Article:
This is a retrospective cohort study performed in the Department of Medicine and Geriatrics, Caritas Medical Centre, from 1 January 2004 to 30 June 2016. A search for all patients ≥ 18 years of age who had a registered diagnosis of hyperthyroidism or thyrotoxicosis and either one or more of the following cardiac manifestations was made with the Clinical Data Analysis and Reporting System (CDARS) from 1 January 2004 to 30 June 2016: atrial flutter, atrial fibrillation, paroxysmal atrial flutter, or paroxysmal atrial fibrillation. The hospital record of individual patient was retrieved to assess eligibility for inclusion.
Patients were included in the study if they had hyperthyroidism and concurrent atrial fibrillation and/or atrial flutter. Atrial fibrillation and atrial flutter were counted as a single entity in subsequent sections unless otherwise specified. Patients with preexisting heart failure, atrial fibrillation/atrial flutter, cardiomyopathy, significant mitral valve disease, congenital heart disease, amiodarone-induced thyrotoxicosis, and subclinical hyperthyroidism were excluded.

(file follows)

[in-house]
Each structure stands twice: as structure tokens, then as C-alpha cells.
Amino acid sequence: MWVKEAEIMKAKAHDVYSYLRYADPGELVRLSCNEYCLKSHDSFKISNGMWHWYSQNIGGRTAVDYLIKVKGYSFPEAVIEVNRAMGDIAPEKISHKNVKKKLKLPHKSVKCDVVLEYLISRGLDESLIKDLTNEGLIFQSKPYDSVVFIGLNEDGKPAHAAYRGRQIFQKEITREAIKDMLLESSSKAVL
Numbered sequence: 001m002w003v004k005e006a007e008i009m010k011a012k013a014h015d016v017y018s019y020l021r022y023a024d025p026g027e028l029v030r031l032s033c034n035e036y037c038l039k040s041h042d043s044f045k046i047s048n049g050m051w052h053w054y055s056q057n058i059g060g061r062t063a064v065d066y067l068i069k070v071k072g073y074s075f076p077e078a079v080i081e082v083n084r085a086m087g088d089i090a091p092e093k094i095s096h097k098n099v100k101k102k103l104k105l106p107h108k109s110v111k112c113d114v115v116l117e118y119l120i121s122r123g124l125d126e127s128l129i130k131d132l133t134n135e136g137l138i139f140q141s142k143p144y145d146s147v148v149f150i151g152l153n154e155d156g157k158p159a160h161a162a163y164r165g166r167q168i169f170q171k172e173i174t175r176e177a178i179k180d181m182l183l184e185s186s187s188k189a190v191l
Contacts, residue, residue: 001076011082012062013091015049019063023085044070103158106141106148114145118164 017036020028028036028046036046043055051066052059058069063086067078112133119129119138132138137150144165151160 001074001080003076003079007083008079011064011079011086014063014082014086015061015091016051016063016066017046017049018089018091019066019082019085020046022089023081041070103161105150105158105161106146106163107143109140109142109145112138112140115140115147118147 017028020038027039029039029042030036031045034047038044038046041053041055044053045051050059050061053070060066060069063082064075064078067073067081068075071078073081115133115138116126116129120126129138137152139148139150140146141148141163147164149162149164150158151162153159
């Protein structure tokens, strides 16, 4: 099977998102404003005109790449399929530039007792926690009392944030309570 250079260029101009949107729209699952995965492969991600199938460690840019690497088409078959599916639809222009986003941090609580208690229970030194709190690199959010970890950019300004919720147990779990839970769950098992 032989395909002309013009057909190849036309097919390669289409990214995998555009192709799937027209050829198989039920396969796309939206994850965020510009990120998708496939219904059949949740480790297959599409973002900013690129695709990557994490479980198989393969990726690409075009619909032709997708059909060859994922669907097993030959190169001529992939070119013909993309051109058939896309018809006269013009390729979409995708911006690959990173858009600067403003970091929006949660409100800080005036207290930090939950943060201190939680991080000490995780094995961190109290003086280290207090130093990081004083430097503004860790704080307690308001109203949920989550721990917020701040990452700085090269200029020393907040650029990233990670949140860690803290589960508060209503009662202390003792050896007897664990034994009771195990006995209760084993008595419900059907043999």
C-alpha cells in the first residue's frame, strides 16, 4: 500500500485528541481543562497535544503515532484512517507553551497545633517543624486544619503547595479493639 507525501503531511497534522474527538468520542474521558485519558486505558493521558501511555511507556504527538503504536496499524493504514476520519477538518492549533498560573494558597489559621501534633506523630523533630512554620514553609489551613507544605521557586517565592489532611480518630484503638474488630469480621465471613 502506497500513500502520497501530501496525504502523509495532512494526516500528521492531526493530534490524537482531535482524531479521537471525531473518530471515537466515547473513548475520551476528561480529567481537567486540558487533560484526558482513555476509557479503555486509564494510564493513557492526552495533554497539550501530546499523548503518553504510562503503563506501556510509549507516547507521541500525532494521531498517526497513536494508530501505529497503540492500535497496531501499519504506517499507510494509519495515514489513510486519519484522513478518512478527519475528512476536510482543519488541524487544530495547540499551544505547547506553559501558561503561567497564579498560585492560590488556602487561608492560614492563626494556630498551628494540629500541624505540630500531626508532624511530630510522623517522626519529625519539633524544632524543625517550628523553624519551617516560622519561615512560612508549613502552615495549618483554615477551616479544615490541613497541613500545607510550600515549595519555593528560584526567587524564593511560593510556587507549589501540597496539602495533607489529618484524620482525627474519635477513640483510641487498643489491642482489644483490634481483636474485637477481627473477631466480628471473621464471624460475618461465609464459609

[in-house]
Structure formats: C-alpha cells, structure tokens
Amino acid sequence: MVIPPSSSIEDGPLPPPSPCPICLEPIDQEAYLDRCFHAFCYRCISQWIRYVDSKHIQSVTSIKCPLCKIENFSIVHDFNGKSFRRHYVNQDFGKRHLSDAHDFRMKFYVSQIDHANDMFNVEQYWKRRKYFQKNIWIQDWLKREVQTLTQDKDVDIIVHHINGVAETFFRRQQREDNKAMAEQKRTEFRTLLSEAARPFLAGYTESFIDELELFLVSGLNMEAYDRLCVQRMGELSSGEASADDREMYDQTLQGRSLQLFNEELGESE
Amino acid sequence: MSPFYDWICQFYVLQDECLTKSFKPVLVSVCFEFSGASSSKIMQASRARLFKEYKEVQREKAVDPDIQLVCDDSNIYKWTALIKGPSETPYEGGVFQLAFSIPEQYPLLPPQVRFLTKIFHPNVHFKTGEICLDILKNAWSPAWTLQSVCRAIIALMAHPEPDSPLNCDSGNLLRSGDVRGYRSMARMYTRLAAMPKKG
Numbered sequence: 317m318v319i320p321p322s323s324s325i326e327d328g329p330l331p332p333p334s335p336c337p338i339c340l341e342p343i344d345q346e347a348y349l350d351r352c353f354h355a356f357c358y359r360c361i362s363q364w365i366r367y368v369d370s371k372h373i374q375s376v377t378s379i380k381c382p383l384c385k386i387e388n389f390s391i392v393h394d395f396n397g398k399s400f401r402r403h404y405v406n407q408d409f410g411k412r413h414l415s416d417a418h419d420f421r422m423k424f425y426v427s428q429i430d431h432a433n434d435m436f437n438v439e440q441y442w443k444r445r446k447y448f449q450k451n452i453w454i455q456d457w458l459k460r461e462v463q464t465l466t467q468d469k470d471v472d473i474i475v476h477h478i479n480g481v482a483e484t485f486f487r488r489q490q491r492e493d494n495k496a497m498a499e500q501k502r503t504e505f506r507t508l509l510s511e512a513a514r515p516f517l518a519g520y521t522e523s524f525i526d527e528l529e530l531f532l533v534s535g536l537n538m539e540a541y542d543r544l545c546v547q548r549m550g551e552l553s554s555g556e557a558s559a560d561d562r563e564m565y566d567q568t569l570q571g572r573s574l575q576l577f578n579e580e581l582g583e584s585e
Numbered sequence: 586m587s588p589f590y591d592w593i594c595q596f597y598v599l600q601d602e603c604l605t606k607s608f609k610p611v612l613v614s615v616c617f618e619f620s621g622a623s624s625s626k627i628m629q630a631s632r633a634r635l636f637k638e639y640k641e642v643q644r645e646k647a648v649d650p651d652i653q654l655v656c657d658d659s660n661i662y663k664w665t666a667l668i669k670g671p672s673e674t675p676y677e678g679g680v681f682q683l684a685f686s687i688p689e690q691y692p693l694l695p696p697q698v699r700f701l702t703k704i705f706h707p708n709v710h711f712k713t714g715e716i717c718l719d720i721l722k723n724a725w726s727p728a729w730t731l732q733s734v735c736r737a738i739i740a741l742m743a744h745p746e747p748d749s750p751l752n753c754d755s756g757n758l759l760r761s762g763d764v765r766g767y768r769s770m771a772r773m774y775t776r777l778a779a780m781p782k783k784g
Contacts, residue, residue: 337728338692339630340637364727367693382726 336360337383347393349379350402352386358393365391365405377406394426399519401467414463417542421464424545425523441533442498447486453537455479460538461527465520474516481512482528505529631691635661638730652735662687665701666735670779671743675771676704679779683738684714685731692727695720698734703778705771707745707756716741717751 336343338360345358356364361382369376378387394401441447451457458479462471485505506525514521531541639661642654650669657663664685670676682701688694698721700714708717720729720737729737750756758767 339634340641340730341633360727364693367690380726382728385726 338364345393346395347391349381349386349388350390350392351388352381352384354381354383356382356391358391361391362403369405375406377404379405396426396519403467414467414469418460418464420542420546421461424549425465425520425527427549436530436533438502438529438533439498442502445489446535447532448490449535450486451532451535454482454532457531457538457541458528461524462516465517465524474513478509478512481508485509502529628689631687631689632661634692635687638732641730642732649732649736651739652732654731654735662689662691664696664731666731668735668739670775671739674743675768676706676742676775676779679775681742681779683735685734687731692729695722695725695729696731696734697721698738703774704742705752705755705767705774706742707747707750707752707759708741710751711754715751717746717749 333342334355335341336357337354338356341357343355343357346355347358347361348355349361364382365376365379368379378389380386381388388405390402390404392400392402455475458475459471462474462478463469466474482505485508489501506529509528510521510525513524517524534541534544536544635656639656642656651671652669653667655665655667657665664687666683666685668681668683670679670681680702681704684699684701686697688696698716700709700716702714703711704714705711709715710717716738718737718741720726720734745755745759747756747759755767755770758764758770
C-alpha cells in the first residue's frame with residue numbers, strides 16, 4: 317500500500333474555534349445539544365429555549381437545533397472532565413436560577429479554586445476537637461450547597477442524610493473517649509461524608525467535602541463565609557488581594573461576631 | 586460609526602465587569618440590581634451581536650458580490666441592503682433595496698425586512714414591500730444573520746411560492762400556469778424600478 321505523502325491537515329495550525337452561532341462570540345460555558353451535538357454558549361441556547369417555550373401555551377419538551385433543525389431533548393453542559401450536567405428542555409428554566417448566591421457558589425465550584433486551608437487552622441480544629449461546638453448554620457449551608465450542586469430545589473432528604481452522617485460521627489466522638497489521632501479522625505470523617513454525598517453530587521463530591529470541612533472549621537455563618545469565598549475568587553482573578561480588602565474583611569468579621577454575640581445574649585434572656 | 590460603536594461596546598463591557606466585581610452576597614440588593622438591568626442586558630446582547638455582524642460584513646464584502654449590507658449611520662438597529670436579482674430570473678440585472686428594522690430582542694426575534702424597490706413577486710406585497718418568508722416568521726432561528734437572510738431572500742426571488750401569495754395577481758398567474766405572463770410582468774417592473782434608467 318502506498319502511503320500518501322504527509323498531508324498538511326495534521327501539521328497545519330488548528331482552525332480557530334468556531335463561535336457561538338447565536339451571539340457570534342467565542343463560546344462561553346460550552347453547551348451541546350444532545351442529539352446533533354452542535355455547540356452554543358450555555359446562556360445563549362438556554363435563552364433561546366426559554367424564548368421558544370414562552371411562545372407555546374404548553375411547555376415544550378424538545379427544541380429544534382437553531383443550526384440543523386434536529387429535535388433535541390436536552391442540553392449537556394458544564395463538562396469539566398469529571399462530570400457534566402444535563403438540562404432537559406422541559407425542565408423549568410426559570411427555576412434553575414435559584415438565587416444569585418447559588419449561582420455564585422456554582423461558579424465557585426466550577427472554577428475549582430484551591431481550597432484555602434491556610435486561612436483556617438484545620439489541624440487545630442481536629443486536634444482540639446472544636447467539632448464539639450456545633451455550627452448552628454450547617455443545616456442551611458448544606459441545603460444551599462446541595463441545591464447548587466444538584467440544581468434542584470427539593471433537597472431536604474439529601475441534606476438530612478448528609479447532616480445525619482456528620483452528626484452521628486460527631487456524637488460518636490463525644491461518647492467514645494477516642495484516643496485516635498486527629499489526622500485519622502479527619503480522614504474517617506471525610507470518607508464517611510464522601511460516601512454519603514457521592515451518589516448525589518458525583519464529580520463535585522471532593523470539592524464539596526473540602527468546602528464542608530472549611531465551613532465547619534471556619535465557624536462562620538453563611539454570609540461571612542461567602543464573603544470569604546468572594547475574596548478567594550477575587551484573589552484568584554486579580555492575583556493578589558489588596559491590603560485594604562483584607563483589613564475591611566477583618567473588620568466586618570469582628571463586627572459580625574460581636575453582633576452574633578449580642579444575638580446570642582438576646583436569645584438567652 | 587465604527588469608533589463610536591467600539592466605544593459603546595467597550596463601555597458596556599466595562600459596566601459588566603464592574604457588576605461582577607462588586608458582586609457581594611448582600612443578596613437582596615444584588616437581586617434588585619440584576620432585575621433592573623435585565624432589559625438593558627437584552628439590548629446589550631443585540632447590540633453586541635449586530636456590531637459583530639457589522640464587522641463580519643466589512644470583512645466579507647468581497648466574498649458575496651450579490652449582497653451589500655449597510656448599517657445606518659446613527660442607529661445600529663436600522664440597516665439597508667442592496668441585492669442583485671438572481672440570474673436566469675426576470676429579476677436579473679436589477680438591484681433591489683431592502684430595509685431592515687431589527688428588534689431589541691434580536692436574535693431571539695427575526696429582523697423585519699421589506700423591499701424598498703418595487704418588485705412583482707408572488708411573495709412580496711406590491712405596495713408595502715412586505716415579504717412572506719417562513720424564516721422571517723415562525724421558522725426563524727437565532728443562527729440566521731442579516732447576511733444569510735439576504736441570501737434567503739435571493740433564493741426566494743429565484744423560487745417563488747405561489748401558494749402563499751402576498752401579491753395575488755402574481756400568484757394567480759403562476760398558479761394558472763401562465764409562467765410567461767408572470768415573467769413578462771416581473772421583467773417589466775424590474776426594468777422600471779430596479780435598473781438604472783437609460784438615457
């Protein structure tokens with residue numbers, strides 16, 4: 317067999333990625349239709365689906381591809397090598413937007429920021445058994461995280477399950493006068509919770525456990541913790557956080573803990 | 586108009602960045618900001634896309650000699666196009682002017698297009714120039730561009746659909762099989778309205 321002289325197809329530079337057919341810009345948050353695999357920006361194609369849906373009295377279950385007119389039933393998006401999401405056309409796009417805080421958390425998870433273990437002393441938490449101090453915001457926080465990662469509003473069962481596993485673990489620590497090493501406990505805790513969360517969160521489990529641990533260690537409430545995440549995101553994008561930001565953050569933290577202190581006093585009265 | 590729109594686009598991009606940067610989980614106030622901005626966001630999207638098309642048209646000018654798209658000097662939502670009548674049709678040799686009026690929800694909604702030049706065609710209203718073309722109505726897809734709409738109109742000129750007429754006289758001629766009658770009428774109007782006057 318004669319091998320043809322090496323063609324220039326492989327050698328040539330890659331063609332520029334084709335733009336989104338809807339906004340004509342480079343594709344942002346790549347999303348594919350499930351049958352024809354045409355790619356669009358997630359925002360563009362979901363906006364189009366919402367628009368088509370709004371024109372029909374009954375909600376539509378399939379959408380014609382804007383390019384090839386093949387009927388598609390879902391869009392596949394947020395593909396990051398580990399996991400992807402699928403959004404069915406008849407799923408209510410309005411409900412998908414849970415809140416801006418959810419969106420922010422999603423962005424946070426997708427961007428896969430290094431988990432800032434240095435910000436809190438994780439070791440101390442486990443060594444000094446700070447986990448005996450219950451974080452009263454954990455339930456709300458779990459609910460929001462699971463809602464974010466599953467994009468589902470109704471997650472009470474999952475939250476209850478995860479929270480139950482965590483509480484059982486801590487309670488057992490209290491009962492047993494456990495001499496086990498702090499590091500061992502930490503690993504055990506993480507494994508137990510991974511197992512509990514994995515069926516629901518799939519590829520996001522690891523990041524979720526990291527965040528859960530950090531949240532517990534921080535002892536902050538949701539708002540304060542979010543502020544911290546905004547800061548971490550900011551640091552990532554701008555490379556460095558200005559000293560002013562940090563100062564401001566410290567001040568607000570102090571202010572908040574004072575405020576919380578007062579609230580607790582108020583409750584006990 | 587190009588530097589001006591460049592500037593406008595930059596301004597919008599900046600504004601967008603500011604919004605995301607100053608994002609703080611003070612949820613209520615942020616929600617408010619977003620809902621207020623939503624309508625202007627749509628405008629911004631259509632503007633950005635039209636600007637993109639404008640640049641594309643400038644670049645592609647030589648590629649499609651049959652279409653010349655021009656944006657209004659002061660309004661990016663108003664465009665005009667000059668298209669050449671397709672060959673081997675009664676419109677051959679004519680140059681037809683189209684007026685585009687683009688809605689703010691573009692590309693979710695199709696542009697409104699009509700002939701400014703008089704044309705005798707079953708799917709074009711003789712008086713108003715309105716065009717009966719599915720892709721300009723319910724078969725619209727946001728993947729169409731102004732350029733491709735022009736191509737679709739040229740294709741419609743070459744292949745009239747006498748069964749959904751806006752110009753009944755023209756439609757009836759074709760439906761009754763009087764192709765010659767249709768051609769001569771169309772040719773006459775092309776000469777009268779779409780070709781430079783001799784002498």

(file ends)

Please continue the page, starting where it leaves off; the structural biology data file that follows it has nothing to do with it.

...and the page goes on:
The record of every eligible patient was retrieved and reviewed. Demographic data including age, sex, body mass index, and smoking history were collected. History of hypertension, diabetes mellitus, ischemic heart disease, and ischemic stroke was noted. Hypertension was defined as systolic blood pressure (SBP) of ≥140 mmHg and/or diastolic blood pressure (DBP) of ≥90 mmHg, or if the patient was prescribed with antihypertensives. Diabetes mellitus (DM) was diagnosed according to the World Health Organisation (WHO) criteria [14, 15] or if the patient was prescribed with medications for DM. Ischemic heart disease was defined by the presence of a clinical diagnosis of coronary artery disease or myocardial infarction, positive results of a stress test, coronary computed tomography angiography, or invasive coronary angiography showing one or more vessels with stenosis of more than 50% [16, 17]. -VASc was determined according to published guideline . Thyroid function test results, cause of hyperthyroidism, anti-thyroid microsomal antibody titre and anti-thyroglobulin antibody titre, treatment modality of hyperthyroidism, and time to achieve euthyroidism were recorded. Data on cardiovascular assessment including blood pressure and heart rate on presentation, 12-lead surface electrocardiogram (ECG), presenting cardiac condition, echocardiographic findings, treatment, and the persistence of atrial fibrillation were adjudicated. Incident ischemic stroke, defined as a neurological deficit of sudden onset that persisted for more than 24 hours which corresponded to a vascular territory in the absences of primary hemorrhage and could not be explained by other causes at or after the onset of cardiac complications, was recorded [12, 19]. Associated clinical and echocardiographic characteristics for persistence of thyrotoxic atrial fibrillation were examined.